Sunday, June 13, 2010

Today's Thoughts

A Fence or an Ambulance
Joseph Malins (1895)
- a poem about prevention -
 
'Twas a dangerous cliff, as they freely confessed,
Though to walk near its crest was so pleasant;
But over its terrible edge there had slipped
A duke and full many a peasant.
 So the people said something would have to be done,
But their projects did not at all tally;
Some said, "Put a fence 'round the edge of the cliff,"
Some, "An ambulance down in the valley."
 
But the cry for the ambulance carried the day,
For it spread through the neighboring city;
A fence may be useful or not, it is true,
But each heart became full of pity
For those who slipped over the dangerous cliff;
And the dwellers in highway and alley
Gave pounds and gave pence, not to put up a fence,
But an ambulance down in the valley.
 
"For the cliff is all right, if your careful," they said,
"And, if folks even slip and are dropping,
It isn't the slipping that hurts them so much
As the shock down below when they're stopping."
So day after day, as these mishaps occurred,
Quick forth would those rescuers sally
To pick up the victims who fell off the cliff,
With their ambulance down in the valley.
 
Then an old sage remarked: "It's a marvel to me
That people give far more attention
To repairing results than to stopping the cause,
When they'd much better aim at prevention.
Let us stop at its source all this mischief," cried he,
"Come, neighbors and friends, let us rally;
If the cliff we will fence, we might almost dispense
With the ambulance down in the valley."
 
"Oh he's a fanatic," the others rejoined,
"Dispense with the ambulance? Never!
He'd dispense with all charities, too, if he could;
No! No! We'll support them forever.
Aren't we picking up folks just as fast as they fall?
And shall this man dictate to us? Shall he?
Why should people of sense stop to put up a fence,
While the ambulance works in the valley?"
 
But the sensible few, who are practical too,
Will not bear with such nonsense much longer;
They believe that prevention is better than cure,
And their party will soon be the stronger.
Encourage them then, with your purse, voice, and pen,
And while other philanthropists dally,
They will scorn all pretense, and put up a stout fence
On the cliff that hangs over the valley.
 
Better guide well the young than reclaim them when old,
For the voice of true wisdom is calling.
"To rescue the fallen is good, but 'tis best
To prevent other people from falling."
Better close up the source of temptation and crime
Than deliver from dungeon or galley;
Better put a strong fence 'round the top of the cliff
Than an ambulance down in the valley.


 



The Bishop shared that poem with us in our third hour, combined class and I thought it especially poignant. He also gave several great quotes from Elder Bednar's, Clean Hands and a Pure Heart. Since the whole talk is absolutely amazing and inspiring, it is hard not to share the whole thing. But I did want to record the portion that Bishop read:


The gospel of Jesus Christ encompasses much more than avoiding, overcoming, and being cleansed from sin and the bad influences in our lives; it also essentially entails doing good, being good, and becoming better. Repenting of our sins and seeking forgiveness are spiritually necessary, and we must always do so. But remission of sin is not the only or even the ultimate purpose of the gospel. To have our hearts changed by the Holy Spirit such that “we have no more disposition to do evil, but to do good continually” (Mosiah 5:2), as did King Benjamin’s people, is the covenant responsibility we have accepted. This mighty change is not simply the result of working harder or developing greater individual discipline. Rather, it is the consequence of a fundamental change in our desires, our motives, and our natures made possible through the Atonement of Christ the Lord. Our spiritual purpose is to overcome both sin and the desire to sin, both the taint and the tyranny of sin.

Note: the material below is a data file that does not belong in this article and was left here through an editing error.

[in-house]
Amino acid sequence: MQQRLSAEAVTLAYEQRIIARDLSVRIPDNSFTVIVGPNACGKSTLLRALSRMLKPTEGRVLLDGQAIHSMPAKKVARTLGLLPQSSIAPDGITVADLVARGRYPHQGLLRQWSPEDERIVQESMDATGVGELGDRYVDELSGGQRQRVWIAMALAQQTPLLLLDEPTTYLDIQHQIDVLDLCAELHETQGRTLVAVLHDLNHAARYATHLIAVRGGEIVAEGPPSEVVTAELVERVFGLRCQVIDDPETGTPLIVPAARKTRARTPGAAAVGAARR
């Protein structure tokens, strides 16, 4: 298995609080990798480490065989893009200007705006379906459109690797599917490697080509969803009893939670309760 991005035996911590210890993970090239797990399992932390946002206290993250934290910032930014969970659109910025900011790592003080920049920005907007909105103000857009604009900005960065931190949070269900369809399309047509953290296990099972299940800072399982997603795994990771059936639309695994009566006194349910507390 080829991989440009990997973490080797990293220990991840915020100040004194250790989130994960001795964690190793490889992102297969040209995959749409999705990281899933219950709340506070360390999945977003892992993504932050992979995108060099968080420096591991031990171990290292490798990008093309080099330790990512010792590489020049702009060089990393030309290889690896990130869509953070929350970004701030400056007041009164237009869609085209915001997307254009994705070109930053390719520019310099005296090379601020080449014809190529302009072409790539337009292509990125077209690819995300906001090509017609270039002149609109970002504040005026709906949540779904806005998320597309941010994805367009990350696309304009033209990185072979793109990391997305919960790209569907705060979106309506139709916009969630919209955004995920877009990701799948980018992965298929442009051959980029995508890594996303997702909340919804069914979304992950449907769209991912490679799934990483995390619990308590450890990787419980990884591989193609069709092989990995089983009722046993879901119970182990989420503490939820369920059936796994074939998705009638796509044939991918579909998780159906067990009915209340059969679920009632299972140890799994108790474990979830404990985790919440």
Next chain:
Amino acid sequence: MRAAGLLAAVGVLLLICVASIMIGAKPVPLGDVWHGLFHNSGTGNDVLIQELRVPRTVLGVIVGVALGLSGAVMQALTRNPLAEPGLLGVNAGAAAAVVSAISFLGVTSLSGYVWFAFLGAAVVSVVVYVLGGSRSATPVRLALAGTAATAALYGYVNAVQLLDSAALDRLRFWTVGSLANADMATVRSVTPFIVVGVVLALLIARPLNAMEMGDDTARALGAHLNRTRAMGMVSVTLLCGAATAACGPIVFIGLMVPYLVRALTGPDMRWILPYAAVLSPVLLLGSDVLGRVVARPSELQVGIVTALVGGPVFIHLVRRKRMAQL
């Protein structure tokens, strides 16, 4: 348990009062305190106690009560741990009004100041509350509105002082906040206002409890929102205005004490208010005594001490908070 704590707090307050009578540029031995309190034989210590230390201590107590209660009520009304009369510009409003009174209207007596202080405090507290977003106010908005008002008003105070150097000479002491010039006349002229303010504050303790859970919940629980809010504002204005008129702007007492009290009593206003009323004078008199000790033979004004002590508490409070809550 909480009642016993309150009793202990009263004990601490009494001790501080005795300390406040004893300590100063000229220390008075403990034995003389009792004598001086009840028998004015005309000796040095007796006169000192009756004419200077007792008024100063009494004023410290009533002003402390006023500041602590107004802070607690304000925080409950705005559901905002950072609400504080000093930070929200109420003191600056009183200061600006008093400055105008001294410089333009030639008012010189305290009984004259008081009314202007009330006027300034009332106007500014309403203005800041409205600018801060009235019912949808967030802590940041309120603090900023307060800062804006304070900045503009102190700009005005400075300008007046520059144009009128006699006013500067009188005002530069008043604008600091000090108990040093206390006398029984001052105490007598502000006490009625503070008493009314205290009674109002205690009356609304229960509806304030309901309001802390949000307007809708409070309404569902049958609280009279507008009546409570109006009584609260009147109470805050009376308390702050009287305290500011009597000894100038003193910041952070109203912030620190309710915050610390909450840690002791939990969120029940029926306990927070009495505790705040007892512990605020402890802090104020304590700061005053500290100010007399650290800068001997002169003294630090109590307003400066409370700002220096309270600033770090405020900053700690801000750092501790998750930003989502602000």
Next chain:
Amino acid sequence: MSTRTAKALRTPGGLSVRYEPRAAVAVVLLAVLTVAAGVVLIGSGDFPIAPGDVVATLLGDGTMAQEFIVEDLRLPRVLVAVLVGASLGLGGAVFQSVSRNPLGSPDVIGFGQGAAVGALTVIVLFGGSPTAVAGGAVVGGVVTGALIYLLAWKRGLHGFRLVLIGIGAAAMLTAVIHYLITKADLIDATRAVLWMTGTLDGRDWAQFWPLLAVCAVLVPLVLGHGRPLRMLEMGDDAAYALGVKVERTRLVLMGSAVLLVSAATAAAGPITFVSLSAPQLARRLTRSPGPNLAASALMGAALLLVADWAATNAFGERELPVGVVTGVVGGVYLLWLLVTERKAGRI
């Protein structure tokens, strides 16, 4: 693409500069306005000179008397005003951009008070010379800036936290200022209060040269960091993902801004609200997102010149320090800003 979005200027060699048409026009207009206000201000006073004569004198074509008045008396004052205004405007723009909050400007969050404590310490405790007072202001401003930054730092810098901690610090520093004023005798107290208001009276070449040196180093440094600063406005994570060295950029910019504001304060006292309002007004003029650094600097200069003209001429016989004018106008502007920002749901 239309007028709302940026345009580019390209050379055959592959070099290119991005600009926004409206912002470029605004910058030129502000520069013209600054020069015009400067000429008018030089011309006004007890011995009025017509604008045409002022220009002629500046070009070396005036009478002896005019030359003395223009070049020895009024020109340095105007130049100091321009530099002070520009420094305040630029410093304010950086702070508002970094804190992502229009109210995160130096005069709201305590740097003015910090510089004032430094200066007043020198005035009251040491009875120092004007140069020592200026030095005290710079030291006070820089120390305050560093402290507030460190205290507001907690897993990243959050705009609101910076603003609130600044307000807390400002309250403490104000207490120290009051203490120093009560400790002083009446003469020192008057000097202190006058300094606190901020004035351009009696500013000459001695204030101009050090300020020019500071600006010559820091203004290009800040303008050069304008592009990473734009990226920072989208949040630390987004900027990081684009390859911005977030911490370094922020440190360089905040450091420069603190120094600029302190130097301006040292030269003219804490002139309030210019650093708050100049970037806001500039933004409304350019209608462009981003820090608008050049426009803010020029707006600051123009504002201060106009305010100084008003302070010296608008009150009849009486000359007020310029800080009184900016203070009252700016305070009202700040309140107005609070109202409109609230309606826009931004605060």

Prophets throughout the ages have emphasized the dual requirements of (1) avoiding and overcoming bad and (2) doing good and becoming better. Consider the penetrating questions posed by the Psalmist:
“Who shall ascend into the hill of the Lord? or who shall stand in his holy place?
“He that hath clean hands, and a pure heart; who hath not lifted up his soul unto vanity, nor sworn deceitfully” (Psalm 24:3–4).
Brothers and sisters, it is possible for us to have clean hands but not have a pure heart. Please notice that both clean hands and a pure heart are required to ascend into the hill of the Lord and to stand in His holy place.
Let me suggest that hands are made clean through the process of putting off the natural man and by overcoming sin and the evil influences in our lives through the Savior’s Atonement. Hearts are purified as we receive His strengthening power to do good and become better. All of our worthy desires and good works, as necessary as they are, can never produce clean hands and a pure heart. It is the Atonement of Jesus Christ that provides both a cleansing and redeeming power that helps us to overcome sin and a sanctifying and strengthening power that helps us to become better than we ever could by relying only upon our own strength. The infinite Atonement is for both the sinner and for the saint in each of us.
Finally, the Bishop started talking about dating and told the "men" in our ward that "dating is a verb; it's an action verb. It should be done with similar instructions as found on a shampoo bottle: Date. Repeat."
  

2 comments:

  1. that's kind of brilliant, yet simmplistic. I am going to steal it.

    ReplyDelete
  2. oh singles wards. that is fun. seriously though. singles wards work. met the fi at FHE, to my utter dismay.

    ReplyDelete

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